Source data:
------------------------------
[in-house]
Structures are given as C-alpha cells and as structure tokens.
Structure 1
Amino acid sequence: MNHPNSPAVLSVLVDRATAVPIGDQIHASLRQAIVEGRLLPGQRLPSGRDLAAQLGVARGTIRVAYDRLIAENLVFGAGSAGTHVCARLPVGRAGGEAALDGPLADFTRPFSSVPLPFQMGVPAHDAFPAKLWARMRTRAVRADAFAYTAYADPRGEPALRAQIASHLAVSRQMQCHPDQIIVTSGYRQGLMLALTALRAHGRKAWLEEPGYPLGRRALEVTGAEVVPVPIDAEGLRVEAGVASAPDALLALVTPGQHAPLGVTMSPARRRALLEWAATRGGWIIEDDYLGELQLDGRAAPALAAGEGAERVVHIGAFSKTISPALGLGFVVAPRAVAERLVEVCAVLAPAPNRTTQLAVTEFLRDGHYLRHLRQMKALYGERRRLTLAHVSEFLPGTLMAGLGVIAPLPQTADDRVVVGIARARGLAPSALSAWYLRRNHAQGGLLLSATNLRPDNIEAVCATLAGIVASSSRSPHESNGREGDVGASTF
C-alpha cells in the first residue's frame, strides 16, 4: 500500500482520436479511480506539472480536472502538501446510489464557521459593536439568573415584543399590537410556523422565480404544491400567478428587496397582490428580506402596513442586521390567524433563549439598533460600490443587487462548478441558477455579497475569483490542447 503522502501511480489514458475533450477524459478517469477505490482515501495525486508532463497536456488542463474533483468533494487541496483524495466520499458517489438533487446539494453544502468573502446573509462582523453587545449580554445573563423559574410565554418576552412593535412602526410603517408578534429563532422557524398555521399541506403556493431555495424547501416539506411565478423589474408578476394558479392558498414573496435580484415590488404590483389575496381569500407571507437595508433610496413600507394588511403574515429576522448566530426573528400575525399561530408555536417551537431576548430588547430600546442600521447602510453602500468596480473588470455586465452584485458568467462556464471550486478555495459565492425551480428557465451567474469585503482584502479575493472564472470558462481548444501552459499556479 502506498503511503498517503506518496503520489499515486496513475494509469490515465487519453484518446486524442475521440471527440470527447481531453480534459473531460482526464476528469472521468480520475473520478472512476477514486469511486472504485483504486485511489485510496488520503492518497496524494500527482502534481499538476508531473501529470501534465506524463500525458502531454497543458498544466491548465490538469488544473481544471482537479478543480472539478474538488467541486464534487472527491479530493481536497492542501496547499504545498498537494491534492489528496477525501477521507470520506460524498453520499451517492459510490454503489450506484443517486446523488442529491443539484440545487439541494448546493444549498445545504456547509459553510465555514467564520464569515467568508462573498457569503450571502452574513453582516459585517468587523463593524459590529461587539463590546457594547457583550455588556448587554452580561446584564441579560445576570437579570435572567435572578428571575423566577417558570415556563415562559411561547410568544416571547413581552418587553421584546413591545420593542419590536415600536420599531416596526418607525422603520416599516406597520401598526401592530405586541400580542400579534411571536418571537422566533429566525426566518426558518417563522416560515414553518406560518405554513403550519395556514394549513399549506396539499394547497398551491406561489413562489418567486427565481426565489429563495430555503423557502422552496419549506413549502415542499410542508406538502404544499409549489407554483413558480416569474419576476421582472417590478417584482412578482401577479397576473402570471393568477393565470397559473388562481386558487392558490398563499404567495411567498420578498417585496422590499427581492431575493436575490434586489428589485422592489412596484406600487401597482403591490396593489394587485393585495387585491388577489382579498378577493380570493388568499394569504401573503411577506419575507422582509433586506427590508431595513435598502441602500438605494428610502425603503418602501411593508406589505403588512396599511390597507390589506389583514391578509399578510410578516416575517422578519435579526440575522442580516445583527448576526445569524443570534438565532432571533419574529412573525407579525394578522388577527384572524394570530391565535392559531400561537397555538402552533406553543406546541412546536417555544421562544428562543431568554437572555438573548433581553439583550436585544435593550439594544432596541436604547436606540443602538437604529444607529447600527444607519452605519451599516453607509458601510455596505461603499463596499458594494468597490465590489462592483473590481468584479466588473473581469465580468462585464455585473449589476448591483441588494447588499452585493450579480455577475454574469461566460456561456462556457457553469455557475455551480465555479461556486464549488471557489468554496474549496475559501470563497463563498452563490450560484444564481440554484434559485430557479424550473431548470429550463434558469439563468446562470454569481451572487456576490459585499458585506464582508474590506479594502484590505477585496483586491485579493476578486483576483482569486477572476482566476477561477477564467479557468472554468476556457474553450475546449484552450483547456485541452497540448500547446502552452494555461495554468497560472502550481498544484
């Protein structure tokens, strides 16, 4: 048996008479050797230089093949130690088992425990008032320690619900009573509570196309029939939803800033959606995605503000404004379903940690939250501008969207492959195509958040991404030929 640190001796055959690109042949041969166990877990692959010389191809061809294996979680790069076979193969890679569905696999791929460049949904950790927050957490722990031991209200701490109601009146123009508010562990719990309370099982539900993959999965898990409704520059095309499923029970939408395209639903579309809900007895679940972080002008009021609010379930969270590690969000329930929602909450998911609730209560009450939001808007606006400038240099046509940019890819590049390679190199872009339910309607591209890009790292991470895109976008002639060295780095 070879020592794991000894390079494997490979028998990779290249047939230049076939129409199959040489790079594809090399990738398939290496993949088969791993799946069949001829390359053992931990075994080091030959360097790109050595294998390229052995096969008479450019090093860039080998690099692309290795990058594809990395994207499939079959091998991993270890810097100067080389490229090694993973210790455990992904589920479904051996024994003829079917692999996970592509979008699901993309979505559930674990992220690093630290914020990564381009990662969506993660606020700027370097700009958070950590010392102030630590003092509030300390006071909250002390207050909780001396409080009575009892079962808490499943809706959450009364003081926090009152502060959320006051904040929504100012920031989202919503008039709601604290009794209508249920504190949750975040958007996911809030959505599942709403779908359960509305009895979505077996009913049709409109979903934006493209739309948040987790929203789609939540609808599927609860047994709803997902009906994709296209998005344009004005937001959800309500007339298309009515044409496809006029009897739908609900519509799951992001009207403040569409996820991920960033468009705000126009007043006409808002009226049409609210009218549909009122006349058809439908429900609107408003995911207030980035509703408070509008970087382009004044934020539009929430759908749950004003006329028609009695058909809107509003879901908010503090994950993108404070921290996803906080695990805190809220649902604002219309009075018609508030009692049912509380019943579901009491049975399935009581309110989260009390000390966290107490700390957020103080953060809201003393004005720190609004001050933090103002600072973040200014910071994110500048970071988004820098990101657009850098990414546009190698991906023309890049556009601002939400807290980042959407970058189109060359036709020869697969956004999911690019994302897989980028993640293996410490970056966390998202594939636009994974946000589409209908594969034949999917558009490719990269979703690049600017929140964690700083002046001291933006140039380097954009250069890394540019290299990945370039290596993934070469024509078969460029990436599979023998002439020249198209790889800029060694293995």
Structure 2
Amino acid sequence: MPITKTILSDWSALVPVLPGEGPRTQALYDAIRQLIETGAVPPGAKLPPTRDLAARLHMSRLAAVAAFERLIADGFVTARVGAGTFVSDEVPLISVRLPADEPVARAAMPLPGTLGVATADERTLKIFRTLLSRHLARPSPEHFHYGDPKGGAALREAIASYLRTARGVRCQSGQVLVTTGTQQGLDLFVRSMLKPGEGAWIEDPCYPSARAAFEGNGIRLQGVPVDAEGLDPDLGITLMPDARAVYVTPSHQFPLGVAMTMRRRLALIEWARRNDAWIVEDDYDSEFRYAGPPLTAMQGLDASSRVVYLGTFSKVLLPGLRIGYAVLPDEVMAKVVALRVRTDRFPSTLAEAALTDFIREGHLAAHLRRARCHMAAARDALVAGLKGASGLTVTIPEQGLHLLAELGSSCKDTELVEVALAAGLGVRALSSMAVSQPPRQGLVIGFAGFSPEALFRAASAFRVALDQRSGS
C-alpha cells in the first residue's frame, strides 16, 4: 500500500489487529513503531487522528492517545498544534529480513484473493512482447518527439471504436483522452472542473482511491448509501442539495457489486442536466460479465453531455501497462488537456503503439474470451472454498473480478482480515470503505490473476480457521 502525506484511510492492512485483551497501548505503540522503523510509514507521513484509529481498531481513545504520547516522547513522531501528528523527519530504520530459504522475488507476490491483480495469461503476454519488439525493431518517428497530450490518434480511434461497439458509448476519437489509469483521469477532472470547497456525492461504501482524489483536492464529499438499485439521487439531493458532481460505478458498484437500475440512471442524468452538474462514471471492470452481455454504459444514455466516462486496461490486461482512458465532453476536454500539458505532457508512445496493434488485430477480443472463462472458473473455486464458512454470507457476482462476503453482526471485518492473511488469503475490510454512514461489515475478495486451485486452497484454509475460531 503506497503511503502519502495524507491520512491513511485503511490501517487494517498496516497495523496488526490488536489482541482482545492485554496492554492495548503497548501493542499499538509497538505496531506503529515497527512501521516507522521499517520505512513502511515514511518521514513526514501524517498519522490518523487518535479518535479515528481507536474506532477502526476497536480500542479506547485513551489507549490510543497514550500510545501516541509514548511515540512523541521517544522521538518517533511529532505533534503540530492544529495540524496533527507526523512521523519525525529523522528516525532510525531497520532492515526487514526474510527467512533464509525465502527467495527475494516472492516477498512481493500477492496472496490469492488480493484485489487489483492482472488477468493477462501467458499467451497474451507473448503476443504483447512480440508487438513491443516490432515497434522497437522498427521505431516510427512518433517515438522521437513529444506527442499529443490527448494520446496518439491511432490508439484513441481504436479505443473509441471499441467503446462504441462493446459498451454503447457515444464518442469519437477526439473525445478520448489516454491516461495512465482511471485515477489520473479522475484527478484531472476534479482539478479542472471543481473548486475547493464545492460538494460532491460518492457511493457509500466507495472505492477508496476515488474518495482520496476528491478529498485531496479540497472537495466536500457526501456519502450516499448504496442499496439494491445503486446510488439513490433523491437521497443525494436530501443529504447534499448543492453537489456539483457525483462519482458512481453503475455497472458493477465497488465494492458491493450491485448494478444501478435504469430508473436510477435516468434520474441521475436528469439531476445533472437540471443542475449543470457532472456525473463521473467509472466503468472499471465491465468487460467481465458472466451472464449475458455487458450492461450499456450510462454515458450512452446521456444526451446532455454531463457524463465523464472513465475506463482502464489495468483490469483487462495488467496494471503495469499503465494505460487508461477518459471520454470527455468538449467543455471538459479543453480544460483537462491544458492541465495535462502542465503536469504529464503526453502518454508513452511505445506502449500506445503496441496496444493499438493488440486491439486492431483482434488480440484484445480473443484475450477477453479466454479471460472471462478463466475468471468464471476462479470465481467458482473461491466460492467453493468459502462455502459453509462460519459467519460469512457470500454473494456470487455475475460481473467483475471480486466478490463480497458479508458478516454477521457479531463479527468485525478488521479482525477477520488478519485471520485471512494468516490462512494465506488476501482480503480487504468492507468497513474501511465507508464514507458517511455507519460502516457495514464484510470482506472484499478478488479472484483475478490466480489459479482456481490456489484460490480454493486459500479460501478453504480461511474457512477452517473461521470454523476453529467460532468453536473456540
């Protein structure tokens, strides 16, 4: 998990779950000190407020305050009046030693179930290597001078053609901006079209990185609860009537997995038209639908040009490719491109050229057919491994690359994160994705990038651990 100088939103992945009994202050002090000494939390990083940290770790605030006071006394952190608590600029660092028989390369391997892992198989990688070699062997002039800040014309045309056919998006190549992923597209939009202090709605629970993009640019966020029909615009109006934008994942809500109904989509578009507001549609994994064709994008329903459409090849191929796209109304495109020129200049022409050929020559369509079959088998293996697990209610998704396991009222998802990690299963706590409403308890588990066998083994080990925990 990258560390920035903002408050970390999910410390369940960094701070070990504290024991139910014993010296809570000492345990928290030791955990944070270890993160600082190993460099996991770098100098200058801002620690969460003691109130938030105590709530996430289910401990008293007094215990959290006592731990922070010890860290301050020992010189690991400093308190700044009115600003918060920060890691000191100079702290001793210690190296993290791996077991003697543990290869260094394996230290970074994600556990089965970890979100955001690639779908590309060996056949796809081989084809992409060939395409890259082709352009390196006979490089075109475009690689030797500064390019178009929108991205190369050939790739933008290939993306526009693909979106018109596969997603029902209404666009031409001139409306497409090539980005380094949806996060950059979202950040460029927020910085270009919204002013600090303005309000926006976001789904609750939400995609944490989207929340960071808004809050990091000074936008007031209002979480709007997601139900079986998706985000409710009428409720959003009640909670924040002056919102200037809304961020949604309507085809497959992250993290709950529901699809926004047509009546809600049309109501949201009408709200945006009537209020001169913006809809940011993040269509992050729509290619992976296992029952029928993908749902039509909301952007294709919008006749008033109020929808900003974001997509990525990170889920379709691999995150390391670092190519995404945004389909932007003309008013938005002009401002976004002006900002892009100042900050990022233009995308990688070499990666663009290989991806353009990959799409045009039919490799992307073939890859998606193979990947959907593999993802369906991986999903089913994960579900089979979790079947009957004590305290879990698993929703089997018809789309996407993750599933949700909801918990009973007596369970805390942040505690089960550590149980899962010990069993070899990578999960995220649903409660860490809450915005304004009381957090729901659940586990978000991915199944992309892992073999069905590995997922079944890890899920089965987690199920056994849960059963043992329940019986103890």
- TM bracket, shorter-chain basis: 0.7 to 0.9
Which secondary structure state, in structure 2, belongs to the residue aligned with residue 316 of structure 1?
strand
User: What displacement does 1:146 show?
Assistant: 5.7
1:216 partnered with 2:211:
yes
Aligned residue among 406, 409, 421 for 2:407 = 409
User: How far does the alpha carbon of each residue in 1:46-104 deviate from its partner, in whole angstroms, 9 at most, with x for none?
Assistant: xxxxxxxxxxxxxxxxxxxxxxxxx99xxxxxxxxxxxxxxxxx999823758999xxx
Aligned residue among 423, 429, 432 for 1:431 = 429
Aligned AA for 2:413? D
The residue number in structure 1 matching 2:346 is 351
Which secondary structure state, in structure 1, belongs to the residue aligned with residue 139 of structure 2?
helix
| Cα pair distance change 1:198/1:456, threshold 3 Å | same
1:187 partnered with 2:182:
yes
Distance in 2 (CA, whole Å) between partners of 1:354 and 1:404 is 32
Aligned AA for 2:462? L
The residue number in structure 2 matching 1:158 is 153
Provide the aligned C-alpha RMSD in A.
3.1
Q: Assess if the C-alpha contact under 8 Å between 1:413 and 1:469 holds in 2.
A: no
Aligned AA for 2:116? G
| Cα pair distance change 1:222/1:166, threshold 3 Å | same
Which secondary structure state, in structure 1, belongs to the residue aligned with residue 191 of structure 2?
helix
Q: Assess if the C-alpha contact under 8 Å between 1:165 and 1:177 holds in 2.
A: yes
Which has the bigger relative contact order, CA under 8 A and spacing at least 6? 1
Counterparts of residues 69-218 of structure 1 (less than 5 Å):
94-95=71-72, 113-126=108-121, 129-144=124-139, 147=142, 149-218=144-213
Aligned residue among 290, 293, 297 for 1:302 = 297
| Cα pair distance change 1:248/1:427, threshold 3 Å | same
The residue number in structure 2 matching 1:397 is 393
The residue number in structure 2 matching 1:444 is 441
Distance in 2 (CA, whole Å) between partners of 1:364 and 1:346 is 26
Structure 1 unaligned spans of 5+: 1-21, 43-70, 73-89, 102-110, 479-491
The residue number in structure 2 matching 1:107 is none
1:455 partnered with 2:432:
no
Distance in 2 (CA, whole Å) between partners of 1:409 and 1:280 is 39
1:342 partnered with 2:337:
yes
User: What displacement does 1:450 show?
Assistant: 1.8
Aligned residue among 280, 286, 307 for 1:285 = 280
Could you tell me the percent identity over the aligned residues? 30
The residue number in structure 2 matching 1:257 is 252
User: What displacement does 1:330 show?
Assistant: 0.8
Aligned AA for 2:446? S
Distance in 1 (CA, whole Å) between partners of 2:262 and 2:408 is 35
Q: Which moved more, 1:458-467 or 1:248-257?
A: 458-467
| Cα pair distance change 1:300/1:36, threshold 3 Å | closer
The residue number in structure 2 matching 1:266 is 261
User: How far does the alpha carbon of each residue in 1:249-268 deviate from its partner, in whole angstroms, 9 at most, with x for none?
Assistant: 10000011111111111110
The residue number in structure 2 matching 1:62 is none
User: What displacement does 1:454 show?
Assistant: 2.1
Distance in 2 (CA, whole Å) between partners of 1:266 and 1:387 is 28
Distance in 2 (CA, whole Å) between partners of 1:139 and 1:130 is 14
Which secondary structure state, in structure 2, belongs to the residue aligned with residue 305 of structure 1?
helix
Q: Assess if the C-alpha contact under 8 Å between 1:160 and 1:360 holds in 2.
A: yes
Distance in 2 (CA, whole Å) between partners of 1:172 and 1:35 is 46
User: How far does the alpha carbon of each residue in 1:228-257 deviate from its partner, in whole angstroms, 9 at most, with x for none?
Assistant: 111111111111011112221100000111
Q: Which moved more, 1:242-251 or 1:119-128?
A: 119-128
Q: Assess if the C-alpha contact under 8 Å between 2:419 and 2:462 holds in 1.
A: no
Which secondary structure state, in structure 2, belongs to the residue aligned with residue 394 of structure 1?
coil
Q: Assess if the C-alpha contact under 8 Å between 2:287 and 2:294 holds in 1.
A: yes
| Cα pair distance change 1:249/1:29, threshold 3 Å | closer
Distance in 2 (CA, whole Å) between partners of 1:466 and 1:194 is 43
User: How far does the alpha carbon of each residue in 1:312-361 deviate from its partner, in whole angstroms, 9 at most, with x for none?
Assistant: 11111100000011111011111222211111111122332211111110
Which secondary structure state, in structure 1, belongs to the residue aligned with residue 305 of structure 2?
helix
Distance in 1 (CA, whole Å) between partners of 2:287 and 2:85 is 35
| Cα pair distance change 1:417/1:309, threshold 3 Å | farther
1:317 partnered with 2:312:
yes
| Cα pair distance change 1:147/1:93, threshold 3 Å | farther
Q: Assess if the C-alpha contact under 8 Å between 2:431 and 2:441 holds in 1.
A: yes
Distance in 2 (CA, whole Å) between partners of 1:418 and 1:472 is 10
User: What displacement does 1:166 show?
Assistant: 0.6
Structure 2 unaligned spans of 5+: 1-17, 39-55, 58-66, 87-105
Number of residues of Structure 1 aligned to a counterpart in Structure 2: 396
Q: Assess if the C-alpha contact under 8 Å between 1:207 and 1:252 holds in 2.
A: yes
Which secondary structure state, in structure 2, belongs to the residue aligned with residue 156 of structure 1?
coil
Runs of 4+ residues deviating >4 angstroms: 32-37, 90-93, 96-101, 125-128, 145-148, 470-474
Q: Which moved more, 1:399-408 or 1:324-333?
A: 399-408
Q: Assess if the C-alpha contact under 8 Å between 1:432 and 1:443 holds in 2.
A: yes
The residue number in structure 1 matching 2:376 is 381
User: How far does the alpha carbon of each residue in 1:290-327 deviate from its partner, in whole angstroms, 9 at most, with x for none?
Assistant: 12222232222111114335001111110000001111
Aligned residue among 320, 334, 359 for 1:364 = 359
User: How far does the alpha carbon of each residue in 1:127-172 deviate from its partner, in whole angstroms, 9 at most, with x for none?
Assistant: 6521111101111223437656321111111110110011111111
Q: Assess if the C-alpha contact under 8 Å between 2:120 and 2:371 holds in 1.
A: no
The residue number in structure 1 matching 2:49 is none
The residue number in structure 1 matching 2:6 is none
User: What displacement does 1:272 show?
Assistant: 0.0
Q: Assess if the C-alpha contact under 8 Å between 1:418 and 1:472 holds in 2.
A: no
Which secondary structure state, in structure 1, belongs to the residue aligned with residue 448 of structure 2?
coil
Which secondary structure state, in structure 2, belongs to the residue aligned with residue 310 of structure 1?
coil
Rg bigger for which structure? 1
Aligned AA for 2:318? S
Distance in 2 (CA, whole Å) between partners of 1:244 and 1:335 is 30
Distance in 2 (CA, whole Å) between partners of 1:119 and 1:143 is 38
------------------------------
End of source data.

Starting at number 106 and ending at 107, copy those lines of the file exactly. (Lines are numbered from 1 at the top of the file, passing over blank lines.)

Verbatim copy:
User: What displacement does 1:166 show?
Assistant: 0.6